Brainstorming Tips


Coming Up with Great Topics

Narratives:

  • Make a list of 10 ways you define yourself. Then, for each characteristic, list events or memories that explain why you are that way.
  • Draw a timeline of your life: what are the important events?
  • Pretend interview yourself: what would you find interesting about you?
  • Draw your house -- What rooms or items can you recall the most detail about? Are there any stories connected to those objects or rooms?
  • Start with a set “meaning,” and find a moment in your life that matches up to it. For example: “The best things in life are free.” Was there ever a moment in your life that illustrated that? Even better: was there a moment in your life that proved a popular maxim wrong? Such as: “Sometimes, the best things in life AREN’T free.” Was there ever a moment in your life that matched up to that? Some other set meanings:
    • Don’t judge a man till you’ve walked a mile in his shoes.
    • If you have nothing nice to say, don’t say it at all.
    • One man’s trash is another man’s treasure.
    • Don’t judge a book by its cover
  • Some other questions to think about:
    • Who has had the biggest influence on your life, and why?
    • What are your passions in life and why did they become your passions?
    • Describe a moment when you were fierce!
    • Remember the extreme emotions: when were you the happiest? Saddest? Angriest? Most Scared?
    • What’s your major? Why?

Research Papers:

  • Check out a variety of news sites—npr.org, Google News, cnn.com, MLIVE.com (for local issues), news.bbc.co.uk/ to see if any articles interest you.
  • Type any keyword of interest into GVSU’s databases, such as Infotrac, Academic Search Premier, Lexus Nexus, to see what articles pop up about the topic.
  • Do you have a question that you always wanted to know the answer to? For example: Why do I have to take WRT 150? Why does GVSU charge so much for parking? You may be able to research and answer these questions!
  • Fill in the blank: “Why do we need _______” or “Why DON’T we need _______”?
  • Think about these questions: What would you be doing right now if you weren’t in class? What are your hobbies? What don’t you know about your hobbies?
  • Have a conversation (with a consultant, a friend, whomever!) about your life—maybe there are some researchable details to focus on (Did you grow up in a single parent family? Not play sports? Win a piano competition?)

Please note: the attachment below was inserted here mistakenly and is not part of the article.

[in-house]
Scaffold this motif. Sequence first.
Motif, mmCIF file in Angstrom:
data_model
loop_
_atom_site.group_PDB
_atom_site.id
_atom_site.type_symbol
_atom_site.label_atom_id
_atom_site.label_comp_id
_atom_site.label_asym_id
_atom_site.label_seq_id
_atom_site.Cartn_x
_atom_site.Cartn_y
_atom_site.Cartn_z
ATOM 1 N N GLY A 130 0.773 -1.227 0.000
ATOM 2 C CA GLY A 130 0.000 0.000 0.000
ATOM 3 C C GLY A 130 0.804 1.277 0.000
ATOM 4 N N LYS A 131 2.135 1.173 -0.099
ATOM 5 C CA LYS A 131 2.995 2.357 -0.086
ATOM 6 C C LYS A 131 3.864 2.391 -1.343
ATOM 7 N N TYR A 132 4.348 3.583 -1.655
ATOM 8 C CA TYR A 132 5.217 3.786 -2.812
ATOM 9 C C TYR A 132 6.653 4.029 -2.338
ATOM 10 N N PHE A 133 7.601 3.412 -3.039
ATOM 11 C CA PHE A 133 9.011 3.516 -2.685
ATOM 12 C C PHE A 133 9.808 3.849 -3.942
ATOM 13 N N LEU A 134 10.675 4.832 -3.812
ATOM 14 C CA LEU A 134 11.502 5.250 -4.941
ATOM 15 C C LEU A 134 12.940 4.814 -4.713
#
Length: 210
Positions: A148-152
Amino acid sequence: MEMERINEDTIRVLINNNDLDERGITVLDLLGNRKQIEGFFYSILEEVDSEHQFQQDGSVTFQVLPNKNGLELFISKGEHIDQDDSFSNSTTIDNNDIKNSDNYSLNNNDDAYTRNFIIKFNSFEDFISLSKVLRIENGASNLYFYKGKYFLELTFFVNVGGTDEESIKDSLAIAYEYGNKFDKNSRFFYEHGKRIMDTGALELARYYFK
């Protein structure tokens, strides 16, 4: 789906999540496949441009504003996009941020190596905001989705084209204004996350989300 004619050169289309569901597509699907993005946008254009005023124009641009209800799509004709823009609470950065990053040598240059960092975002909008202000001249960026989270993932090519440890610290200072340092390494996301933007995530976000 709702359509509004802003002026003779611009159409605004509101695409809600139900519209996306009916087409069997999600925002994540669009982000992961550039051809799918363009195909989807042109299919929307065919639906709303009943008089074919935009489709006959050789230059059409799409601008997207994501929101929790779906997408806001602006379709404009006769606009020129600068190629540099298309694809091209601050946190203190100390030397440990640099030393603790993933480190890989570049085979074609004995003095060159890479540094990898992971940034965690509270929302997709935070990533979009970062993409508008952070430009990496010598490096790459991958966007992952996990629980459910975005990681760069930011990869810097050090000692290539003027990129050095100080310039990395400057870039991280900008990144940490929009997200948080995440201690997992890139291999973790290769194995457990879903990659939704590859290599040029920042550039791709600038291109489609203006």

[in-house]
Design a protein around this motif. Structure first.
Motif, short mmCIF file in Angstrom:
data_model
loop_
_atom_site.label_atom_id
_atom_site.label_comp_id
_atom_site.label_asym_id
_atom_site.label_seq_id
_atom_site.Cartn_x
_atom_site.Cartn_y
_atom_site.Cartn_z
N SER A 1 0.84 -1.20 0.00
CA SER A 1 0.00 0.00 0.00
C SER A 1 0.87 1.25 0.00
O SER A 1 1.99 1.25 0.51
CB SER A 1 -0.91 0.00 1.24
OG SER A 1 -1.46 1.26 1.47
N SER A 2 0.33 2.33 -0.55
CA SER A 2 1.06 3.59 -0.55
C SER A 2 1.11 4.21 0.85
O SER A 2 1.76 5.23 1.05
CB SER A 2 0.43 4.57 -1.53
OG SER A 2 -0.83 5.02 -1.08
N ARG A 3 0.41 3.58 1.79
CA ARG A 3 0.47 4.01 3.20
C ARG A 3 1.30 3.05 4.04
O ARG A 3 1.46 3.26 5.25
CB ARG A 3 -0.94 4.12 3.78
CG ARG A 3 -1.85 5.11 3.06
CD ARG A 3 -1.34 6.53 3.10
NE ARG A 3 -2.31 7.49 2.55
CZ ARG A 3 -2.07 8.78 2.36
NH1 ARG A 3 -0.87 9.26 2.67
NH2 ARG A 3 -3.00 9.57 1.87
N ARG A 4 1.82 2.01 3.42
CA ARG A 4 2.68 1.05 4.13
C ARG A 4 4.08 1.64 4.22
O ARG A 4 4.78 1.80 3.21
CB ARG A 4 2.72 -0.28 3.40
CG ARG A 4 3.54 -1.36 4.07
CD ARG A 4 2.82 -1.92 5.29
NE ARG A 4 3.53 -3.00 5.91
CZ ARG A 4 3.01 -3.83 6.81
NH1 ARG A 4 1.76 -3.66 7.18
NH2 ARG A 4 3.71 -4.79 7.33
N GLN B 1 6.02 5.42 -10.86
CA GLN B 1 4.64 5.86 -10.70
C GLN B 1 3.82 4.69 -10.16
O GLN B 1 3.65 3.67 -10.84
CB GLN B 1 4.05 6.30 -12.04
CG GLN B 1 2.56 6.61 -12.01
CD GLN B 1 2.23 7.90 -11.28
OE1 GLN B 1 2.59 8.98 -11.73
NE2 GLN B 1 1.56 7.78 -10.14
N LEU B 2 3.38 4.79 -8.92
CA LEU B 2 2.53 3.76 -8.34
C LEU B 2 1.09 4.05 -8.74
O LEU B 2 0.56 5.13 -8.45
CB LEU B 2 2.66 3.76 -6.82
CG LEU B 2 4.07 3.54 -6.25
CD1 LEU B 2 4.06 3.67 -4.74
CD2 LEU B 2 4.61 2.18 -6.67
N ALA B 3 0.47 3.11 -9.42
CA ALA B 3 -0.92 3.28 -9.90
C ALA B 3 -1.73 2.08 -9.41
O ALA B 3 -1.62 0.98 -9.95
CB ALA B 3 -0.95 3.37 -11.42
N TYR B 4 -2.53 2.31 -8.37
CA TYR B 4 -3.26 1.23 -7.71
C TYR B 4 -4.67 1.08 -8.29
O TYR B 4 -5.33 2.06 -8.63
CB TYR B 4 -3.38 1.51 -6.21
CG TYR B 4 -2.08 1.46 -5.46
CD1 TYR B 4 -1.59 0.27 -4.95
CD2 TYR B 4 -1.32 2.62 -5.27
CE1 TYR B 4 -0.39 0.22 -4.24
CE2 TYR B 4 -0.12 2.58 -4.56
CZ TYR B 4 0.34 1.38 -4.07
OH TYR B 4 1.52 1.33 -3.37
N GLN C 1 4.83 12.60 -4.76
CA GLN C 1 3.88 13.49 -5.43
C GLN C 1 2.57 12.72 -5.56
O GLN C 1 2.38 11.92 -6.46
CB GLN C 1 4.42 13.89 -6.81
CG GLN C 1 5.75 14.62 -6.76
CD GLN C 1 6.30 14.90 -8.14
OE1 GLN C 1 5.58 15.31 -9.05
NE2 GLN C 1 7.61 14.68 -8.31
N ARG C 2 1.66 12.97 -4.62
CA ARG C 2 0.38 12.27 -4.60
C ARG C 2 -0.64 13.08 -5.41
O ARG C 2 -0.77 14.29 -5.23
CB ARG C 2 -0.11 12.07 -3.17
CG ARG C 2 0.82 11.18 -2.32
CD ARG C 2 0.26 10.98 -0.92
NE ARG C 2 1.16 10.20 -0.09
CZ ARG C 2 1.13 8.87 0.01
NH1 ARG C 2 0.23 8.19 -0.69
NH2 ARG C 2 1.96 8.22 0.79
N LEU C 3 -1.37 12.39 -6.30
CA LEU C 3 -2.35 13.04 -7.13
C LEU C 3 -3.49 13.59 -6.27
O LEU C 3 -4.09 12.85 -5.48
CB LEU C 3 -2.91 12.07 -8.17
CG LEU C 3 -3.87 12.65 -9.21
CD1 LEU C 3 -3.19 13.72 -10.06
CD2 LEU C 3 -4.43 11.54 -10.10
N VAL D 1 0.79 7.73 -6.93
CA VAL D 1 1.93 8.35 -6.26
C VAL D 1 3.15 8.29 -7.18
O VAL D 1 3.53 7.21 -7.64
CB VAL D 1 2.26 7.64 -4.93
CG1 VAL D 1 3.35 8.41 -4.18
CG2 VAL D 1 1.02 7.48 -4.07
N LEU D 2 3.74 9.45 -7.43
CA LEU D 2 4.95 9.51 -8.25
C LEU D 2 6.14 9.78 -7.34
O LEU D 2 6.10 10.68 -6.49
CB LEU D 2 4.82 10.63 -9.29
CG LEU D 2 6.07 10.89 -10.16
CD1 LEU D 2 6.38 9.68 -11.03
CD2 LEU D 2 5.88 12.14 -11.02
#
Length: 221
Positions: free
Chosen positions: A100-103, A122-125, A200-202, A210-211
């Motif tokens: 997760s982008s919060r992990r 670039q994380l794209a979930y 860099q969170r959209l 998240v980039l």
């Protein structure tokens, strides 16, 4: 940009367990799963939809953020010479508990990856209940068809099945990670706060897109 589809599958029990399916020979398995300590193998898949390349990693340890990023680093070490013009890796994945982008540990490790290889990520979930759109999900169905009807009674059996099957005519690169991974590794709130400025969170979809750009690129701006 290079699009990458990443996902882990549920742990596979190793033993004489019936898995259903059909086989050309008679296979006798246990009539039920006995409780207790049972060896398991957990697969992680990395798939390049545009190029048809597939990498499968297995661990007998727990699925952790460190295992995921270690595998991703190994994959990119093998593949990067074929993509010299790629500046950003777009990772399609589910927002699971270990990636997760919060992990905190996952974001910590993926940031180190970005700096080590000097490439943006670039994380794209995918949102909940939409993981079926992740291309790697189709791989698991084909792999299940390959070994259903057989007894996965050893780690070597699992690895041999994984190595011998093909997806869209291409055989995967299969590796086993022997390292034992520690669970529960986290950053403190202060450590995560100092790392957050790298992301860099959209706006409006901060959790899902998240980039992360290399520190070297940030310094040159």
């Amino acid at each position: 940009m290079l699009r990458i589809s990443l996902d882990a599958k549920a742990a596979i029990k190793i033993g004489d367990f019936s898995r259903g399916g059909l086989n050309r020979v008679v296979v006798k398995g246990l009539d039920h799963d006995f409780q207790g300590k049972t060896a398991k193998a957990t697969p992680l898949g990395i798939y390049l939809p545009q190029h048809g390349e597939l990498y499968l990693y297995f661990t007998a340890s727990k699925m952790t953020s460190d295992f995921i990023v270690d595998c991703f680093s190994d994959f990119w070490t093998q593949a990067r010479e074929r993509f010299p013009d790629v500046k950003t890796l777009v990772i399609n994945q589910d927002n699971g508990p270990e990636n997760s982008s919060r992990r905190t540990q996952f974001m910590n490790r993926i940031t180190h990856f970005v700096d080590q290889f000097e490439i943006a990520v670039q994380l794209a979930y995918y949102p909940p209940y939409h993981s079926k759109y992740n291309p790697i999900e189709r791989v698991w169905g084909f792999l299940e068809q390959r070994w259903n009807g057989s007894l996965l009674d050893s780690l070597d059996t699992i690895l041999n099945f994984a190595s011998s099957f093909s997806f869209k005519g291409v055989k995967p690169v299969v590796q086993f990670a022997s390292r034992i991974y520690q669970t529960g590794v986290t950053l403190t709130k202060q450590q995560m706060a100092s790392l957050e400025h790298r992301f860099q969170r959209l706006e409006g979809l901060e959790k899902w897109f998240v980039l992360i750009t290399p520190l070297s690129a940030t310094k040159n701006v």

• If in a group: play the keyword game. One person says a word, and then next says the first word that pops into their mind, and around the circle it goes!

Profiles:

  • Make a timeline of the person’s life and zoom in on important moments
  • Focus on details and show some meaning. For example: Why is he wearing a particular brand or style? Why does he speak in a certain way?
  • A great group activity is to ask: how do we learn about people? Write “a typical day in the life of _____” (fill in person or place)
  • Remember that the paper doesn’t have to be positive. Maybe focus on finding the “truth” of the situation or even the negative.
  • Personify the place: give it characteristics, a personality, a “face”
  • Show the CHANGE in a person or place
  • Define the person or place by what it is NOT

Response/Argument:

  • Think about this: What makes you angry?
  • Make outline of article’s points. Do you agree/disagree with these points?
  • What’s your favorite or most hated part of the article?
  • Remember you can make an argument local! Take a look at a newspaper for ideas.
  • Think about what’s debated in your major area.
  • Write down issues other people feel strongly about—which you can explore.
  • If in a group, play “The doubting/believing game:” ½ group make pro-arguments, other ½ make cons.
  • This also works in one-on-ones too: right now, let’s think of pros/cons)
  • “Argue within the argument:” ask lots of “Why’s?” to reasons
  • Play the perspective game—try to argue from someone else’s perspective.

To view or print our Helpful Handout, click here: Brainstorming Tips

*comes with supplemental illustrated text attached

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Page last modified March 6, 2019